English R1B

Reading and Composition: Documentary Poetry and Immaterial Poetry

Section Semester Instructor Time Location Course Areas
15 Spring 2016 Benjamin, Daniel
TTh 12:30-2 225 Wheeler

Book List

Carson, Anne: Nox; Cha, Theresa Hak Kyung: Dictee; Philip, M. NourbeSe: Zong!; Reines, Ariana: Mercury; Reznikoff, Charles: Testimony

Other Readings and Media

A course reader with poems by Langston Hughes, Muriel Rukeyser, Jack Spicer, Hannah Weiner, Susan Howe, and Dana Ward.


“Poetry’s not made of words,” writes Ariana Reines in her recent book Mercury (2012). This course considers that claim. Can literature be reduced to the words that make it up, or is there a surplus that a materialistic view of poetry fails to capture? What is material and what is immaterial in 20th-century American poetry? The central archive for this investigation is a group of texts sometimes referred to as “documentary poetry,” texts with close relations to source material. Some of these texts showcase the author’s deformation of the source text, while others “merely” reproduce them. Questions to be considered include: What is at stake in these interactions with source material? What does it mean for poetry to take up a documentary task? How do poetry’s apparently immaterial aims interact with these documentary approaches?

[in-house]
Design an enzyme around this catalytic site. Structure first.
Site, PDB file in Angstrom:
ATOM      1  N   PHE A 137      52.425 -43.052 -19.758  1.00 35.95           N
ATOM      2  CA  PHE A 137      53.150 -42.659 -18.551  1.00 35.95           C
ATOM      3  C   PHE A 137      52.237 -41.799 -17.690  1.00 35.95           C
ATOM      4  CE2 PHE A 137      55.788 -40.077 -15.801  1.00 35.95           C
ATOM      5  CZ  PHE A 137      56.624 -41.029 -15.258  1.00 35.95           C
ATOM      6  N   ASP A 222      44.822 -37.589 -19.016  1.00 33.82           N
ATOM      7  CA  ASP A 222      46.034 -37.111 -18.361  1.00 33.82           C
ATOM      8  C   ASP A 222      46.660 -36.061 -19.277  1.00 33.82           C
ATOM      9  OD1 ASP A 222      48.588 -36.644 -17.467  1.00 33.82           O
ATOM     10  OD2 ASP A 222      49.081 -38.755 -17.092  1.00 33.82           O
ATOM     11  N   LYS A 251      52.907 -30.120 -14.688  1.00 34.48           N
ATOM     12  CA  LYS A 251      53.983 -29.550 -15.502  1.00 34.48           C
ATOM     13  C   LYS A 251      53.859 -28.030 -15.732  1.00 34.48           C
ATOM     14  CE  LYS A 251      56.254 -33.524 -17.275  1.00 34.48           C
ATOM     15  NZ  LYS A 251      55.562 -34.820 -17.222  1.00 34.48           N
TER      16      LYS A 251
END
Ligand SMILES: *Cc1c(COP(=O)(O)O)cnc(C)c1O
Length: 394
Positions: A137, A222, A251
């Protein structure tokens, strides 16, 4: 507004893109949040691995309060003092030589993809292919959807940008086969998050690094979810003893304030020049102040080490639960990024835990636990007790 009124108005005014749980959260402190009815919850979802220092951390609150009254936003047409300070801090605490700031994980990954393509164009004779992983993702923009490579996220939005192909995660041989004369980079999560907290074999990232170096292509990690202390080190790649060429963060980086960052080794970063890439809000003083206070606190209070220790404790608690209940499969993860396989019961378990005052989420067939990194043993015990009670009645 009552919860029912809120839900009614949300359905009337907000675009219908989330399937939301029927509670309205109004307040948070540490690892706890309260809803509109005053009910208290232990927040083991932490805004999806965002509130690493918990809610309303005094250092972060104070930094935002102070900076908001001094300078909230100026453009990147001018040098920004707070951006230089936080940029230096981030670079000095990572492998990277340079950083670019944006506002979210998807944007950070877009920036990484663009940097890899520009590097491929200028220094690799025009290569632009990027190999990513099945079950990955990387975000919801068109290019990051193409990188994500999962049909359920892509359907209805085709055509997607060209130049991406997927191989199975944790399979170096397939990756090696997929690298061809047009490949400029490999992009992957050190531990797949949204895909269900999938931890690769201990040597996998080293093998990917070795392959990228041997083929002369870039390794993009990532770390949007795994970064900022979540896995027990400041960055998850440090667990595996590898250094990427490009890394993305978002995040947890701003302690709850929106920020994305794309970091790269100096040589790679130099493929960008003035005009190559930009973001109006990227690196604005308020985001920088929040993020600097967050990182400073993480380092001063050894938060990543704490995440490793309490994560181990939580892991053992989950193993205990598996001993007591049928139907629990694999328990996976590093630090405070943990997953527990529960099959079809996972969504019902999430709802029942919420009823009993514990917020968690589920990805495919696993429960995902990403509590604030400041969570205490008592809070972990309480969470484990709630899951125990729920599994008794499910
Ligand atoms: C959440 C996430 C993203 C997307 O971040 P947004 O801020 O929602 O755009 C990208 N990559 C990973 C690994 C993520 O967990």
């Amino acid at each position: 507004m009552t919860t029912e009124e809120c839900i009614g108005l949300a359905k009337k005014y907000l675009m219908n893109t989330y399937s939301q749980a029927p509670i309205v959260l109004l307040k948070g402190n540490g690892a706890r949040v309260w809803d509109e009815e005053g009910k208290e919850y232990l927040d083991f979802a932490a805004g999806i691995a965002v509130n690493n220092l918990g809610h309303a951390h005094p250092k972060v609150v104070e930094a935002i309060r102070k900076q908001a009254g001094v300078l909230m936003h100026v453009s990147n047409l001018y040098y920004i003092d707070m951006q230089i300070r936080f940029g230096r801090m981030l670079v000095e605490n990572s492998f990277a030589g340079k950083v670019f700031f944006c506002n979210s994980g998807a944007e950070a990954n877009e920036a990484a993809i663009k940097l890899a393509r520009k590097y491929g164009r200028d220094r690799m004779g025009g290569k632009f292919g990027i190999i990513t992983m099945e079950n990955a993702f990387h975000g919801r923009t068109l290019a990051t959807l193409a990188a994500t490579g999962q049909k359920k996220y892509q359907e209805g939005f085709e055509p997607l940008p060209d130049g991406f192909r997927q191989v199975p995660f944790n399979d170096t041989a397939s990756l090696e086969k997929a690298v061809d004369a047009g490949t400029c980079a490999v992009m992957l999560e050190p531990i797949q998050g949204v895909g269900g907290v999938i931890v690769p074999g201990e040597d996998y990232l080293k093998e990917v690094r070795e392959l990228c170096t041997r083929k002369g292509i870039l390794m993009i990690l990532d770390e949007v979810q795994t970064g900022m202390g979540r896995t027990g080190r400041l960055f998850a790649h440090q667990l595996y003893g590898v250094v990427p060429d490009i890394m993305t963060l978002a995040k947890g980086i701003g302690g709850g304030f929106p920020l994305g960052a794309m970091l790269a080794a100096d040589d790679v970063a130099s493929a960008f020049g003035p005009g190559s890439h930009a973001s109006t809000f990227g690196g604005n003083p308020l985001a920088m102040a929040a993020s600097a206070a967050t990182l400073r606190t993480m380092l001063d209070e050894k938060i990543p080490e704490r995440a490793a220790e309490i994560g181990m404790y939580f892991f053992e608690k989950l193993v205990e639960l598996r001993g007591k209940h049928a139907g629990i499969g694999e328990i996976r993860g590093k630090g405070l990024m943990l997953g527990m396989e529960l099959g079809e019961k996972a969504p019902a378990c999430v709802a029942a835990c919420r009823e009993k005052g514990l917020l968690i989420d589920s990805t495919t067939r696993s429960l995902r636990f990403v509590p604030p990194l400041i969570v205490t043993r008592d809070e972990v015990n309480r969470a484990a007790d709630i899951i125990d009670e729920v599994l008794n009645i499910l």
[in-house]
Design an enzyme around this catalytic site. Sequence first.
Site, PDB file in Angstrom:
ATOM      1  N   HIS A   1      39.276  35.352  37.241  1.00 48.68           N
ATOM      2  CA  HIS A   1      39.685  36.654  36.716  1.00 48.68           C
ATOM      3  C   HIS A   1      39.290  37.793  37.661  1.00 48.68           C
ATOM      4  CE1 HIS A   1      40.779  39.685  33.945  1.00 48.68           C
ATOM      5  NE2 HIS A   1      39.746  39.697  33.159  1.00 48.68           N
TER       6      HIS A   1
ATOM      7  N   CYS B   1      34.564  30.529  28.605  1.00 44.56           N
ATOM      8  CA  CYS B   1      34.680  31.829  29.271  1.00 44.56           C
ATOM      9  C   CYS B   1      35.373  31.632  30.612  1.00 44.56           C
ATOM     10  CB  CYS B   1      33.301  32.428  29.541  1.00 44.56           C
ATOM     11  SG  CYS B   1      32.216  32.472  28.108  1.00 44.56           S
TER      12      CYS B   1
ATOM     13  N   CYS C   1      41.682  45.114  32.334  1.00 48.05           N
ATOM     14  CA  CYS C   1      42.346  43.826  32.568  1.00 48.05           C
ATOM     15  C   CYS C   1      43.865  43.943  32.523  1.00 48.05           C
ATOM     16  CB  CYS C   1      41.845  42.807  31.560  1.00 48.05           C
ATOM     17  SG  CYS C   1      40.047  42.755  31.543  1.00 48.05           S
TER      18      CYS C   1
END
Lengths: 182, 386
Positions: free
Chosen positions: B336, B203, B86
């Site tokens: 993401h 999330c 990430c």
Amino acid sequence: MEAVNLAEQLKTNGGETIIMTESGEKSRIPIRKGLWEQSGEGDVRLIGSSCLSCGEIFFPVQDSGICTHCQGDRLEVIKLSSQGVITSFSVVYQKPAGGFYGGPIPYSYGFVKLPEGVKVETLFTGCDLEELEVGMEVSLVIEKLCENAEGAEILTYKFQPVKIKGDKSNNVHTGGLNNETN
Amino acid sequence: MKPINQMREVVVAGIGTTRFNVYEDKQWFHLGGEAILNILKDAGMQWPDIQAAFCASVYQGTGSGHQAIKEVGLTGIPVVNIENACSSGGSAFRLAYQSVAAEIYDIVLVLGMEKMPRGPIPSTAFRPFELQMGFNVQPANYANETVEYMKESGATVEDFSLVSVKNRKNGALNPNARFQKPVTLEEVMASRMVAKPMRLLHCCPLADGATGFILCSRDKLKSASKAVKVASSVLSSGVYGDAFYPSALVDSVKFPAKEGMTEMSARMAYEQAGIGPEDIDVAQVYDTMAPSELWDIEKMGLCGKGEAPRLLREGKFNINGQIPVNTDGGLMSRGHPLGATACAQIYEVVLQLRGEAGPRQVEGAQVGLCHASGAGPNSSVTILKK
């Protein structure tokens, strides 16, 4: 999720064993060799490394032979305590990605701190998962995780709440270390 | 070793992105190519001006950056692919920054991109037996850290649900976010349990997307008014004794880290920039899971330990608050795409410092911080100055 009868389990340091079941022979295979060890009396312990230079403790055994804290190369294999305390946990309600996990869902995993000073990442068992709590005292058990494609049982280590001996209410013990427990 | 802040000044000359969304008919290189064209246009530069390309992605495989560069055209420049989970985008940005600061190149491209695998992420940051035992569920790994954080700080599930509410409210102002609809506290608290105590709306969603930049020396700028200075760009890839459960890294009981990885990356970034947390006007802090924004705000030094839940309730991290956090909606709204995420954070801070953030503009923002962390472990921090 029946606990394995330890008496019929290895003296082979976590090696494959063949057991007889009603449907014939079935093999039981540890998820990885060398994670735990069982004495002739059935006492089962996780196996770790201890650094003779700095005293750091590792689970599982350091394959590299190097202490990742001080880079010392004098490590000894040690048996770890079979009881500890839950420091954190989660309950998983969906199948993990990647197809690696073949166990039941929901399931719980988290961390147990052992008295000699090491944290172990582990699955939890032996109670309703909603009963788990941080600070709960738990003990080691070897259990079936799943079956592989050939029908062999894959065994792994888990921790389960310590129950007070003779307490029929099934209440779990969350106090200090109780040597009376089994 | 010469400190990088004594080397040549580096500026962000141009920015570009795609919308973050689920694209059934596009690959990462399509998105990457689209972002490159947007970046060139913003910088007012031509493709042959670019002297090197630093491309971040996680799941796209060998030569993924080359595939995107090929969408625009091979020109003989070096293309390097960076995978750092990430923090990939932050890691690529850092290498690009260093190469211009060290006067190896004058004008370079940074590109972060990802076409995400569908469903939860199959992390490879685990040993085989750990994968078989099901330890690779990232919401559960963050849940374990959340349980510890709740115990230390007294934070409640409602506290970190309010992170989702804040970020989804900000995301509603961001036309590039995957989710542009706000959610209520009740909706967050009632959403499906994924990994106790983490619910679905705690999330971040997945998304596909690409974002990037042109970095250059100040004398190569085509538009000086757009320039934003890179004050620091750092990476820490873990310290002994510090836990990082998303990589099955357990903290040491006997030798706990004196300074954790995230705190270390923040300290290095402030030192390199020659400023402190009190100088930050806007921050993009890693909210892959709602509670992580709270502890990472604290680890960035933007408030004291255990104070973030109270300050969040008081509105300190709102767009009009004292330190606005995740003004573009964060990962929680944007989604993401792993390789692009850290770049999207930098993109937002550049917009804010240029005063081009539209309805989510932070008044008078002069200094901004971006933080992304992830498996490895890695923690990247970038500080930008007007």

This course seeks to develop your critical thinking and writing skills. We will learn how to build evidence-based arguments from our readings of literary texts, and how to construct and pursue compelling research questions. Assignments will include two shorter essays (one of which may be creative), and a longer research essay.

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